Daily Telegraph Investigation – update
14 December 2011
WJEC have undertaken an in-depth internal investigation into the issues raised by the Daily Telegraph after their undercover visits to training courses run by awarding organisations in England. We are extremely concerned about the allegations made by the paper, and are co-operating fully with regulators in England (Ofqual) and in Wales (DfES) in their investigations. We have yet to see the full versions of the recordings made by the Daily Telegraph, but we understand that these will be made available to awarding organisations within the next few days.
We wish to assure teachers, students and parents that they can have full confidence in the standards of qualifications offered by WJEC and in the integrity of our work in supporting teachers through professional development courses and specialist advice.
The standard of our qualifications and assessment is carefully upheld by WJEC and strictly monitored by the regulators. Statistical analyses carried out each year as part of the awarding process have shown that the standards of WJEC qualifications are comparable with those of all the main awarding organisations.
Our internal investigation into the allegations regarding GCSE History has established that:
- the security and integrity of future examinations have not been compromised by the examiners’ comments
- delegates to our training course would not have benefited unfairly from the advice they received: the information conveyed is available to all teachers and not only to those able to attend the course
The cyclical distribution of topic areas across sections of our GCSE History exams over a period of years is clearly set out in a Teachers’ Guide available on WJEC’s public website, and a similar cyclical pattern can also be found in other awarding organisations’ GCSE History specifications.
With respect to the comments made on the optional unit ‘The Development of the USA, 1929 – 2000’, we are clarifying information regarding the depth and breadth of study required for this unit on our website and via postal and email alerts to teachers, to avoid misunderstanding.
The wording used by the GCSE History examiners to deliver advice to delegates at the course attended by the Daily Telegraph reporters was unacceptable and inappropriate. This example – by two individuals from a total of over 5,000 examiners who work for WJEC - is not typical of the professional content of the training courses we provide for teachers throughout England and Wales.
Given the information received to date from the Daily Telegraph, discussions with Ofqual and other concerned parties, we will be taking the following actions:
- We will monitor future professional development courses, for example by recording them and ensuring that senior staff attend a representative sample
- We will improve the quality of advice and guidance we provide for contributors to courses and will review our contractual arrangements with them
- We will review the use of past examination exemplars covered within the courses
- We will maintain the rigorous checks we apply to all our specifications and support materials, as part of our continuous improvement processes
As a result of our initial internal investigations, we will also be conducting a full review of the rationale, aims, delivery methods and controls for our CPD programme, and we would welcome any joint review of this area, which could usefully be facilitated by the regulators.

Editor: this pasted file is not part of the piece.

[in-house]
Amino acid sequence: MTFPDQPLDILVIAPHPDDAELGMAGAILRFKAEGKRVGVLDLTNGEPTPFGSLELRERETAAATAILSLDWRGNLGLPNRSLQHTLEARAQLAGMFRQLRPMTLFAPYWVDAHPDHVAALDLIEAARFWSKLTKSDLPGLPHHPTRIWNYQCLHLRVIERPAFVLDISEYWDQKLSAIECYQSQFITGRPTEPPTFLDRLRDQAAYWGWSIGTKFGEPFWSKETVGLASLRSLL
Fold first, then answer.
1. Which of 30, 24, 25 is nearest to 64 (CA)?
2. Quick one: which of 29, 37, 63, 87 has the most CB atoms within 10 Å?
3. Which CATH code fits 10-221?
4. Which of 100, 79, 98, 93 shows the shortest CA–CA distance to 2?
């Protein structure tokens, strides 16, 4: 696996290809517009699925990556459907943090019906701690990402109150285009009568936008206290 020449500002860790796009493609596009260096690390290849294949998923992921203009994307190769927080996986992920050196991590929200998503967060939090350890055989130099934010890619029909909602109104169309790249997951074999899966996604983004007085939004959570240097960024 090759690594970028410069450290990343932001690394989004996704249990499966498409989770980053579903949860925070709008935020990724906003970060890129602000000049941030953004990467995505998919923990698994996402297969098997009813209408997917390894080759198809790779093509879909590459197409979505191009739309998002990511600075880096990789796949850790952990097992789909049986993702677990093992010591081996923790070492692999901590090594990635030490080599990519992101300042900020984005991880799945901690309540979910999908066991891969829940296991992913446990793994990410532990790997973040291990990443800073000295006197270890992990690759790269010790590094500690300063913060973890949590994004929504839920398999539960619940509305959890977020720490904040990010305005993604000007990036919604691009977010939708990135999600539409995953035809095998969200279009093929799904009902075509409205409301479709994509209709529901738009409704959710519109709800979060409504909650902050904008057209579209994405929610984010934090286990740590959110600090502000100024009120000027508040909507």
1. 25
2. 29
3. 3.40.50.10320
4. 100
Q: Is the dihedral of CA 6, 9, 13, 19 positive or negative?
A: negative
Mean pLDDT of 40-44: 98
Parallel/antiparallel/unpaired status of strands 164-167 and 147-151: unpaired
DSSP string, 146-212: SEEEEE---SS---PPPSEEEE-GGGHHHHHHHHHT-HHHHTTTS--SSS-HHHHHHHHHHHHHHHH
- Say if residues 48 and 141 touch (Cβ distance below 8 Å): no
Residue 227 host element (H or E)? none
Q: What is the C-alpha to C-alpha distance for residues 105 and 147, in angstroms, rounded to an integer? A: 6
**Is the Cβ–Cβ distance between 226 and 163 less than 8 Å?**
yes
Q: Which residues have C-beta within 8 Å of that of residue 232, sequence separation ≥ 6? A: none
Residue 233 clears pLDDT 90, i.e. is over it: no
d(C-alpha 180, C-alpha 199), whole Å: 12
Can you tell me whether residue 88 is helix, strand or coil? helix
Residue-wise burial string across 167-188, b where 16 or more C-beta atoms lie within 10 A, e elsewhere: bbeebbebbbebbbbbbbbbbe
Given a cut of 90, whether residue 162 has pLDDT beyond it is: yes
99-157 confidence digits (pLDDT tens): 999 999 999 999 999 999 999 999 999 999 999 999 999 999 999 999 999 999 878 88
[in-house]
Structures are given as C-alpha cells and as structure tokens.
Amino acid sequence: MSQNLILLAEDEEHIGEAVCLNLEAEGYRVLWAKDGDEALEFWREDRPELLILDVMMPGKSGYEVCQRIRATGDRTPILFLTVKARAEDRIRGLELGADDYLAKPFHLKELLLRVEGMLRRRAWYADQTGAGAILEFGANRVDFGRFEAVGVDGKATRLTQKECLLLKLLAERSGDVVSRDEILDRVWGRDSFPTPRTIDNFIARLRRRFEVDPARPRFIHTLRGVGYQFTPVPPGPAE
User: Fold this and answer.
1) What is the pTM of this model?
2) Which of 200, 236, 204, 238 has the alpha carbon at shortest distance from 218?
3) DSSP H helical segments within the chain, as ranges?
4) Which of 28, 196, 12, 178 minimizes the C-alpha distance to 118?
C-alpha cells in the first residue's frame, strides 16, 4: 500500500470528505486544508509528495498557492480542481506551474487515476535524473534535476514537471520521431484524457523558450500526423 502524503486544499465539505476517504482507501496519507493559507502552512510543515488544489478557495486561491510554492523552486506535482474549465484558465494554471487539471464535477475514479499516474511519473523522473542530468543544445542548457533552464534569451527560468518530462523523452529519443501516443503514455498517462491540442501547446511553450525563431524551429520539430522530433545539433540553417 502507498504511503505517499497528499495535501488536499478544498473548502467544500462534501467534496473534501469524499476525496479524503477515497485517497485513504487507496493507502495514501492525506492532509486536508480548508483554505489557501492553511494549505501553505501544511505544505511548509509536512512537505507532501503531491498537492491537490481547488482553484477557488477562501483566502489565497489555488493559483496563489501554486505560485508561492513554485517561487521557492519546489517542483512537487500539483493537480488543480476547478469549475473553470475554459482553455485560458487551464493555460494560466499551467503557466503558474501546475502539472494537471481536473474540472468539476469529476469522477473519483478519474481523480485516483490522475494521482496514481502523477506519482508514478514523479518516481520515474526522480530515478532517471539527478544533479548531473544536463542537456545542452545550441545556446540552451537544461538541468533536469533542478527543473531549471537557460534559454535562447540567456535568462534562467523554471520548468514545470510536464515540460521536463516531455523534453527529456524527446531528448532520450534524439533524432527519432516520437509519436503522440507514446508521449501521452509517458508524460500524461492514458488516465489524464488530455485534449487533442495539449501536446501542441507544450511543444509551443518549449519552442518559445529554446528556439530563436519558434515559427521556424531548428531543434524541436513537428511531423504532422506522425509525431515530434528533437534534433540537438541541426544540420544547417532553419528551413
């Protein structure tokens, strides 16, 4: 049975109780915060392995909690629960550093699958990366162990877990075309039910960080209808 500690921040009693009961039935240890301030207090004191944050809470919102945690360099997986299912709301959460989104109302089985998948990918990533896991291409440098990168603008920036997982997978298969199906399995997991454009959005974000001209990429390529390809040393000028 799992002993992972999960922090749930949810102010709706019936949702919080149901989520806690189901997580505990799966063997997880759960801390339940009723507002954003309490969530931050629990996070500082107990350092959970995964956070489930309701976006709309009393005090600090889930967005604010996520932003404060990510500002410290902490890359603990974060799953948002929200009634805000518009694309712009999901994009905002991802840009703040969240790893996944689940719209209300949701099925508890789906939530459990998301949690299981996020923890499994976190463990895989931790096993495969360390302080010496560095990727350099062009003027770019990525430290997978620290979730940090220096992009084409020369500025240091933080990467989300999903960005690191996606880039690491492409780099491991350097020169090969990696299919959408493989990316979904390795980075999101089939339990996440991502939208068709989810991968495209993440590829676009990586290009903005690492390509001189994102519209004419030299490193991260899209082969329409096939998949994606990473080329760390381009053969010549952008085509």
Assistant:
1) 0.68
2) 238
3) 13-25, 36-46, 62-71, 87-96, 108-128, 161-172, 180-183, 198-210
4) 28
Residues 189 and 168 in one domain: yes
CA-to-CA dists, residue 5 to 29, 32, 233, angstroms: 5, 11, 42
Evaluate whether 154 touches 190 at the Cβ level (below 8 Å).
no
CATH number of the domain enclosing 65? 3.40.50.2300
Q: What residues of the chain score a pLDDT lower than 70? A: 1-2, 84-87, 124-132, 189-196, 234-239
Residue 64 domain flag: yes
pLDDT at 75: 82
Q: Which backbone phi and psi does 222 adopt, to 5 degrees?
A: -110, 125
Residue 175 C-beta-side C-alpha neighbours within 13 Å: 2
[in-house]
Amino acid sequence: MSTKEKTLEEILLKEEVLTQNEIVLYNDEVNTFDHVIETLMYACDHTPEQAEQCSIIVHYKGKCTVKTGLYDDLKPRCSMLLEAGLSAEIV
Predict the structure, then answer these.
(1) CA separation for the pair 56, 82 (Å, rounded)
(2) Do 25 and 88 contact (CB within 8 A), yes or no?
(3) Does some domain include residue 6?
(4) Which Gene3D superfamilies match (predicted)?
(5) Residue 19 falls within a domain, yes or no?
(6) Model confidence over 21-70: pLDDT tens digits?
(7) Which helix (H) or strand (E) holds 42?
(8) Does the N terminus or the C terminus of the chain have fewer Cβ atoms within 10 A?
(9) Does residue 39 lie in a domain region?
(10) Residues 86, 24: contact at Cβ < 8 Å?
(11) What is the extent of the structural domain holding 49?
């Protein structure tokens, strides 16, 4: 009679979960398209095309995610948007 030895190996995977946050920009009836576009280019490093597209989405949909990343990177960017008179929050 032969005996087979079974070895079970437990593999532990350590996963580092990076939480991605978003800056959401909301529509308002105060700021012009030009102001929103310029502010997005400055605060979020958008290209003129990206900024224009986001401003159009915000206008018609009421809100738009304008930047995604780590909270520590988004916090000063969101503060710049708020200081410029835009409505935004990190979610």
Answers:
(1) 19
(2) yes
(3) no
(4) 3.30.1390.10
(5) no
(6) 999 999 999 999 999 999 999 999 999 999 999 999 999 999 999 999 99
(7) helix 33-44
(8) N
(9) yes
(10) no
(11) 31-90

A reference was made by the Daily Telegraph to WJEC’s relationship with the publishers, Hodder. We have no financial relationship with Hodder, nor with any other publisher. Further to the questions raised by the Daily Telegraph Hodder have rescinded their initial statement and confirm that there is no ‘exclusivity agreement’ between WJEC and Hodder. We co-operate with a number of different publishers by advising on the content of texts which they produce in support of WJEC qualifications, for the benefit of students and teachers, however this advice is provided free of charge by WJEC and we receive no financial reward.
As a charity, WJEC has no interest in making profits; our financial aims relate to the need to invest in our products and services for the public benefit. The training courses we organise to provide feedback on exams cost £120 per day and not the £200 or more suggested in recent press reports. We aim to minimise the costs to centres and often subsidise the events to ensure that centres throughout the UK are not disadvantaged in any way. When introducing new specifications, we offer free courses to all centres and teachers: the need for guidance through face-to-face events is clearly greater when there has been considerable change compared with a previous specification. We also produce a growing number of high quality educational resources to support our qualifications, and most of these are freely available online to teachers and students.
WJEC’s mission is “to provide high quality public qualifications, resources and services to assist schools and colleges in enabling individuals to fulfil their potential”. We are confident in our ability to fulfil this mission, and we find that increasing numbers of teachers in England and Wales use our specifications because they are products of high quality that are accompanied by excellent support.
For more information please contact:
Ceri Thomas, Marketing & Communications Manager
Telephone: 029 2026 5309
Dafydd Wyn, Communications Officer
Telephone: 029 2026 5102